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The Supreme Court will officially hear the Biden administration’s appeal related to its “ghost gun” regulations. 

After previously intervening on an emergency basis, the justices issued a brief order to assess the merits of the case. This follows a 5th US Circuit Court of Appeals ruling that declared these regulations unlawful, aligning with firearm owners, gun rights groups, and manufacturers who opposed the measure. They argued that the administration’s expanded definition of what constitutes a firearm disrupts the balance set by Congress between commercial and non-commercial firearm production. 


The Justice Department, fearing the implications of the appellate ruling, pushed for Supreme Court review, warning of the potential influx of untraceable firearms that could evade basic safety checks like background verifications and serial registrations. US Solicitor General Elizabeth Prelogar wrote in court filings, “Under the Fifth Circuit’s interpretation, anyone could buy a kit online and assemble a fully functional gun in minutes — no background check, records, or serial number required.” She claimed that this would lead to a surge of untraceable ghost guns, posing significant risks to public safety and complicating law enforcement efforts.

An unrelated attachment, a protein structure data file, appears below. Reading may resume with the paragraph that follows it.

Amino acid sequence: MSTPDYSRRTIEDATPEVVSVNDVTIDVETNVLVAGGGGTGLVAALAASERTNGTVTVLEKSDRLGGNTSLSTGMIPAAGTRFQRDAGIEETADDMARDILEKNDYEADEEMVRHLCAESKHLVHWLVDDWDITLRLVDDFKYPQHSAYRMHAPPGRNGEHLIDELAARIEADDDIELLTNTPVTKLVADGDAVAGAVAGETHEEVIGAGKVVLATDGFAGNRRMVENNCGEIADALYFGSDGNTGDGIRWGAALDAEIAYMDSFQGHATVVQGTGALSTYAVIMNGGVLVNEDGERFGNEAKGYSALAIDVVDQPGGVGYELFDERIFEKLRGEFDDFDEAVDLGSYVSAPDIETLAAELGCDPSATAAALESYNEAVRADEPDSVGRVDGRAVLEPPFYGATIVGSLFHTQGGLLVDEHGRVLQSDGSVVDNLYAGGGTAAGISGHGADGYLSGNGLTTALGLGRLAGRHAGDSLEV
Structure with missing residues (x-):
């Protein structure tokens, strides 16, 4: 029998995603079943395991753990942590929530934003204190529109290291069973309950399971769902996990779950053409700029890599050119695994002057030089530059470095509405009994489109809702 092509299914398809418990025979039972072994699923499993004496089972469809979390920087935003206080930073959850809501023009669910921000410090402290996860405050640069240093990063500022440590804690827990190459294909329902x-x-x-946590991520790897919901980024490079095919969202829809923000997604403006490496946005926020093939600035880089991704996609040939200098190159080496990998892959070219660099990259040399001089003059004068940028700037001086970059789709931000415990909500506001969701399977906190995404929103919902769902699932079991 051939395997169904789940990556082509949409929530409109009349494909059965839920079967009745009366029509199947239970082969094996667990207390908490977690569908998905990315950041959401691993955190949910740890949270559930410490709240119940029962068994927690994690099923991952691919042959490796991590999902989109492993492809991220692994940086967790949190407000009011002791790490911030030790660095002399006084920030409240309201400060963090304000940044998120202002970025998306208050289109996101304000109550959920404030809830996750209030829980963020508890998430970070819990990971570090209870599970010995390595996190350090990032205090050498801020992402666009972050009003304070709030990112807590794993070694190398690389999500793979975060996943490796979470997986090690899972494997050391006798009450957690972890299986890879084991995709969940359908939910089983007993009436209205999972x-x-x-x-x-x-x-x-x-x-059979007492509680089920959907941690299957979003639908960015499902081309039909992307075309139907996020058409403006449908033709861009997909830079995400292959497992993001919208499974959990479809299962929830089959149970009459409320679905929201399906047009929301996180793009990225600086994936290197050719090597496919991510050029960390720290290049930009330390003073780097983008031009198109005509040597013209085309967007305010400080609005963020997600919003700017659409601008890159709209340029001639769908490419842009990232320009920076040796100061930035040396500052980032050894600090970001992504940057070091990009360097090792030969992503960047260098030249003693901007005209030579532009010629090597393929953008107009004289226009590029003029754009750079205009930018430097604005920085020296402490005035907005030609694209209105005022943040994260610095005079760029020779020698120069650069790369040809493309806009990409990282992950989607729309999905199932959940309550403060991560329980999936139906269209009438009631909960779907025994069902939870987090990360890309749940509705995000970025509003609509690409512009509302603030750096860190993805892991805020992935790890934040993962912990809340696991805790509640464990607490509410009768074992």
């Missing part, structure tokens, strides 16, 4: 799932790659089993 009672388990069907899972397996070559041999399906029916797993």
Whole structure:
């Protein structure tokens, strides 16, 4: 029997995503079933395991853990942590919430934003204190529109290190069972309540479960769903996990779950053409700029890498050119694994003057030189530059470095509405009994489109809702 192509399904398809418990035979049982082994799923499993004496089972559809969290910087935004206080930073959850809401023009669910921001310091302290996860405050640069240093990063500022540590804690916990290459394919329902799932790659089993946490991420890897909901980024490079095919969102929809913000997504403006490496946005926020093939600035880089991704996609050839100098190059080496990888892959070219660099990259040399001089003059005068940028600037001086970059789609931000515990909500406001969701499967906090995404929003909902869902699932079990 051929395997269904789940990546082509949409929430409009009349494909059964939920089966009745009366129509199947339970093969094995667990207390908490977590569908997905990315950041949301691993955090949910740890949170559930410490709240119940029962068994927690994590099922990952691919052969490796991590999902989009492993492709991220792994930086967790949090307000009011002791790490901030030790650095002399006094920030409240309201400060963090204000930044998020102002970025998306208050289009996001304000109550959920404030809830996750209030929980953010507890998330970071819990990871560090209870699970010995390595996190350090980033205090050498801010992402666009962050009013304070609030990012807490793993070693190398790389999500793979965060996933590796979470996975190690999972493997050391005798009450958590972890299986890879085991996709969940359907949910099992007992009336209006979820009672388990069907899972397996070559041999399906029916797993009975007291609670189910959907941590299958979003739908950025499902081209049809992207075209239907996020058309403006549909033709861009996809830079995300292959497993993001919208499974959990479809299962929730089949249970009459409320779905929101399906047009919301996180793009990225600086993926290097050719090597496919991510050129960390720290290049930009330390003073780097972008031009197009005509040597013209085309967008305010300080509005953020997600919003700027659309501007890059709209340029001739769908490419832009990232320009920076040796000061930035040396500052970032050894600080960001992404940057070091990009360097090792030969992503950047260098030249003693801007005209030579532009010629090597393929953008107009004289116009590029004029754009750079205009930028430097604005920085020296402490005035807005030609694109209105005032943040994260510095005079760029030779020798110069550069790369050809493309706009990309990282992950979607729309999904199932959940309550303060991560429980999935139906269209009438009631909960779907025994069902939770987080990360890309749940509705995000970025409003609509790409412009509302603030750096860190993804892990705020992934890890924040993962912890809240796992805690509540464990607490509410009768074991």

The core of the case, Garland v. VanDerStok, revolves not around Second Amendment rights but whether existing federal laws grant the authority to regulate these ghost guns. The Bureau of Alcohol, Tobacco, Firearms and Explosives (ATF) has clarified that parts kits fall under the federal definition of a “firearm” and that the term “frame or receiver” should include parts easily assembled into a working gun. 


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